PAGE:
Plateau Culture Area

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The Plateau Culture Area is bounded by mountain ranges and rivers. Riverine (linear) settlement patterns are predominant. Groups relied on a diverse subsistence base of fish, game and roots. There is evidence of regional trade and a complex fishing technology. Mythology was fairly uniform throughout and art styles and religious beliefs focused on the vision quest, shamanism, life cycle observances, and seasonal celebrations of the annual subsistence cycle.

In winter, Plateau peoples lived in semi-subterranean earth lodges along the main rivers but moved to the higher elevations in summer and lived in mat-covered lodges.

With the introduction of the horse from the Plains, Plateau peoples adopted beaded clothing, feathered war bonnets and skin-covered teepees. Until about 1940, beaded bags such as you see here were for personal use or gift giving only. Now, they are also crafted as works of art for sale.

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Plateau A1

Plateau A2

A. Plateau Culture Double-sided Bag – Leather, Cloth, and Glass Beads

 

Plateau B

B. Cowlitz/Yakama Berry Basket – Coiled; Unidentified Shoots, Split Cedar or Spruce Roots, and Bear Grass

Plateau C

C. Klamath Basketry Bowl – Twinned; Tule, Cattail, Mud-dyed Tule, Porcupine Quills, and Paint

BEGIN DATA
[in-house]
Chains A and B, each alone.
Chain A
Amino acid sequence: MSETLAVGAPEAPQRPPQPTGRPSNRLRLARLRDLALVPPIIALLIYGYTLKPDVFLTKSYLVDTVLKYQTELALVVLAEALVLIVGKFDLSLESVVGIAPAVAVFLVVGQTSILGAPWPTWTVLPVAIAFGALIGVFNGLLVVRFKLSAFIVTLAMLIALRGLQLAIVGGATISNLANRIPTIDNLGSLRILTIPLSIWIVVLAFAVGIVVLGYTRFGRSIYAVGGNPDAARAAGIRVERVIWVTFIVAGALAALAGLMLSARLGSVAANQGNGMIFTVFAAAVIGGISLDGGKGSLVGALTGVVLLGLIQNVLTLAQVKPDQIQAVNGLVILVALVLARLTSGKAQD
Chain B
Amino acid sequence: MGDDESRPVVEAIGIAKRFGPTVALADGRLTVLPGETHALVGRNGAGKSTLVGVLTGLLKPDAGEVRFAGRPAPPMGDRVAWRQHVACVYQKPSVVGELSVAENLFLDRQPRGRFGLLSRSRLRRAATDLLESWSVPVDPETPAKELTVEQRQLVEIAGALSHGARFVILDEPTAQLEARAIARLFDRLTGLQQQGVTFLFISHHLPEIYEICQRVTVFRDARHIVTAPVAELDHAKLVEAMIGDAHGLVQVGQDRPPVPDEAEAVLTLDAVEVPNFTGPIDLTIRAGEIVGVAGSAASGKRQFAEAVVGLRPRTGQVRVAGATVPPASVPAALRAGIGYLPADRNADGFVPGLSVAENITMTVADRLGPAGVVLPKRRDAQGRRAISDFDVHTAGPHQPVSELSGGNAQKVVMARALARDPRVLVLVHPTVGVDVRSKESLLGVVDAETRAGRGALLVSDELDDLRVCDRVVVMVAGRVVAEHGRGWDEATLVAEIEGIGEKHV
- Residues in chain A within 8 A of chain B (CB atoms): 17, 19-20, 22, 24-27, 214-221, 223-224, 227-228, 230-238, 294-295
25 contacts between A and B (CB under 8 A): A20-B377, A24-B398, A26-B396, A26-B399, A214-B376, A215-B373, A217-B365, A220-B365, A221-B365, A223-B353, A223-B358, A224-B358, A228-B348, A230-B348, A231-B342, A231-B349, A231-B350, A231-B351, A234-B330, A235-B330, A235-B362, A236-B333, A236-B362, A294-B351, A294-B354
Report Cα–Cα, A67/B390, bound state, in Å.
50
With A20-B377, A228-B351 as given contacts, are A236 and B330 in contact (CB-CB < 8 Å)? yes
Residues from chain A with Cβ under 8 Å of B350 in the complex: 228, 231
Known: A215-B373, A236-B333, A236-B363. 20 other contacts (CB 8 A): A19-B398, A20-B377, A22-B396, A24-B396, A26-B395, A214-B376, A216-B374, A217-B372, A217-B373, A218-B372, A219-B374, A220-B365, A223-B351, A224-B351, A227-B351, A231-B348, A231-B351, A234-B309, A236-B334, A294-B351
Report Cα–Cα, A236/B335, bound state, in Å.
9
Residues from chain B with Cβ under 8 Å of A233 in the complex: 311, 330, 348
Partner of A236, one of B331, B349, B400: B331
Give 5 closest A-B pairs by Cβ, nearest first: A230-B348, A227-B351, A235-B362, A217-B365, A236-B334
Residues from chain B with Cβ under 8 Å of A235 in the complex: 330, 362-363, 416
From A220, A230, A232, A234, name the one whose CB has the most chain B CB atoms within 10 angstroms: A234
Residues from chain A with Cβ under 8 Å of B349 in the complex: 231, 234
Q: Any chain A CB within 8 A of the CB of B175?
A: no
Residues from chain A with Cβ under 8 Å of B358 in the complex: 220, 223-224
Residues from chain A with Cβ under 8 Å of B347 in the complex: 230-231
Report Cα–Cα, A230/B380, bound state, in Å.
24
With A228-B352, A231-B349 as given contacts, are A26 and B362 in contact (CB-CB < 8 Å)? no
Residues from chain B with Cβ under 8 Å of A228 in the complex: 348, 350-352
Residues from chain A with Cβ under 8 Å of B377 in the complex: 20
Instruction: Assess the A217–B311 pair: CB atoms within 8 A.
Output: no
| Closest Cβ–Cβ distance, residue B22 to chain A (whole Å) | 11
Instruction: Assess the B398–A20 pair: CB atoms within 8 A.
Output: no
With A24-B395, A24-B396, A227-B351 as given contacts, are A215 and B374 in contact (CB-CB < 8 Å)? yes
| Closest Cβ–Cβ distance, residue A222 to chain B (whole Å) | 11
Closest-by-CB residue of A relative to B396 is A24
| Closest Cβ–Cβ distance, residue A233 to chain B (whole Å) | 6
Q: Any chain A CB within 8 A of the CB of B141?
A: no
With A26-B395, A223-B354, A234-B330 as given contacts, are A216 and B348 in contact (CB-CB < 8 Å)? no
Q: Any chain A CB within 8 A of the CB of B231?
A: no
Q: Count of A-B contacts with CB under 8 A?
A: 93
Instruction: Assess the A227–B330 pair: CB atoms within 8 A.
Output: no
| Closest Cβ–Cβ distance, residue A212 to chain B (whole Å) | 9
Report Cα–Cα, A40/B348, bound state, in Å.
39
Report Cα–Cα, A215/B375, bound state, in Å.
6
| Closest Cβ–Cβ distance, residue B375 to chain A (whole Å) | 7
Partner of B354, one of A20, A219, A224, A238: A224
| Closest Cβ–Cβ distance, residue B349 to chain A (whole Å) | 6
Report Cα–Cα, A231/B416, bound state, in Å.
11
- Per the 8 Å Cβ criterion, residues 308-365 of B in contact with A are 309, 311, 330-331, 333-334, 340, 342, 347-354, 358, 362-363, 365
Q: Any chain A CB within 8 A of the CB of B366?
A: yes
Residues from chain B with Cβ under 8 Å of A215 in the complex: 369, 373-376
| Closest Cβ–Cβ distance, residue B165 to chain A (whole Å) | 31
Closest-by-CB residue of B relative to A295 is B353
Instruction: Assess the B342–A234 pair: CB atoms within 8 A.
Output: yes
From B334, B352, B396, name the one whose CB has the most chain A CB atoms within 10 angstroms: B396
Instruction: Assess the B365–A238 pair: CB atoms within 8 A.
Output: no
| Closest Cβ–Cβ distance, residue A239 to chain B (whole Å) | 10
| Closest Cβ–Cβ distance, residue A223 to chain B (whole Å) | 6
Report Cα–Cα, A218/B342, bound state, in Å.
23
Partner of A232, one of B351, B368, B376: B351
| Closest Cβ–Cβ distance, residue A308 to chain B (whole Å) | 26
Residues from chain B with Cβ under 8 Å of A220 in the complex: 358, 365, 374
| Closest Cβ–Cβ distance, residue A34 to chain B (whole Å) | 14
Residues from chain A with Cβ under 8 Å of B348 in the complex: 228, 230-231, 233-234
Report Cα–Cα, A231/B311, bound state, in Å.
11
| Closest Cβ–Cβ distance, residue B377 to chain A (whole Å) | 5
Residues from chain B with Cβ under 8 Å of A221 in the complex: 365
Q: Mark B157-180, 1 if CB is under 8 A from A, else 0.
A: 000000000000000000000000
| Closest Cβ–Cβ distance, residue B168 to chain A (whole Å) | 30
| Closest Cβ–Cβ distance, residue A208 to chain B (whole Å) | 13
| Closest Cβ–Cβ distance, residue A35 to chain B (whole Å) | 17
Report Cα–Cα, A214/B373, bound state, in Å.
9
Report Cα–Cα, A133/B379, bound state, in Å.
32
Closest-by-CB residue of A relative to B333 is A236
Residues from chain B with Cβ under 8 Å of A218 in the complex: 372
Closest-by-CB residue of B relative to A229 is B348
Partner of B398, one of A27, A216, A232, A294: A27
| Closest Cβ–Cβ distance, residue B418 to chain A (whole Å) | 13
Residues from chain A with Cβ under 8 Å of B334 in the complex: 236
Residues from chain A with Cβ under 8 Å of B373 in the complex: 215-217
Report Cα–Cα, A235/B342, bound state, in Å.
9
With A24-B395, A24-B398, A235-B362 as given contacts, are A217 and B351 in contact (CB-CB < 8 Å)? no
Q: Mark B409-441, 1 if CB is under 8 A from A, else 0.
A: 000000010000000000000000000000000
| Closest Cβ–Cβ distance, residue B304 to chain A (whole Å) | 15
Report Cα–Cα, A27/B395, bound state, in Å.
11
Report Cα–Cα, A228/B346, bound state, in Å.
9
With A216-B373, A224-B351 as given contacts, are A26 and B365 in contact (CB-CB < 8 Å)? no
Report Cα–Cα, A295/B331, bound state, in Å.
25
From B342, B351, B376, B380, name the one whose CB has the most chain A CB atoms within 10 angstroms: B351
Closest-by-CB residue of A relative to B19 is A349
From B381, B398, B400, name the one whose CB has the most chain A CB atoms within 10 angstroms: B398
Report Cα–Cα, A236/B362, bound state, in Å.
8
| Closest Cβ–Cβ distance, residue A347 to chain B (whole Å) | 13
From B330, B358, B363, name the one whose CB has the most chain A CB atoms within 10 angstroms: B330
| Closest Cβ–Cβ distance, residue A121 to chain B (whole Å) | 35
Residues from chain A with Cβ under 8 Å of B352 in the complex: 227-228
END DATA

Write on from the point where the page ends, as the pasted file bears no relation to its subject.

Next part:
The Plateau region is one of great diversity as it has been a trade epicenter for thousands of years. Ideas, goods, and even people (through slavery) have passed through and altered the residing cultures. However, the specific ideas and traditions adapted depended on the tribe. Some tribes (such as the Sahaptin, Flathead, and Kutenai) embraced many Plains’ traditions; while other tribes (such as Salishan) rejected those trends and maintained the traditions they had.

The introduction of horses into the region in the 18th Century had a major influence on the area. That is when many of the traditions began to change and new materials, such as glass beads, were introduced. With this new development, beading became much more popular. Crafters began making scenes with the rainbow of available colors and crafted bags and clothes. Bags were initially personal gifts and later became a vibrant part of trade. 

How might cultural attitudes about change within a group impact the preservation or alteration of traditions in the future? The Klamath and Modoc lost their reservation land in 1954 (along with over 100 other tribes). In 1986 they were reestablished as a sovereign state but without their original lands returned. How do you think this affected their traditions and their relationships outside the community?

Plateau D

D. Plateau Culture Vest – Leather and Glass Beads

 

Plateau E

E. Nisqually/Puyallup/Cowlitz/Yakima Basketry Bowl – Coiled; Cedar Root, Bear Grass, Metal Sequins, and Cotton Thread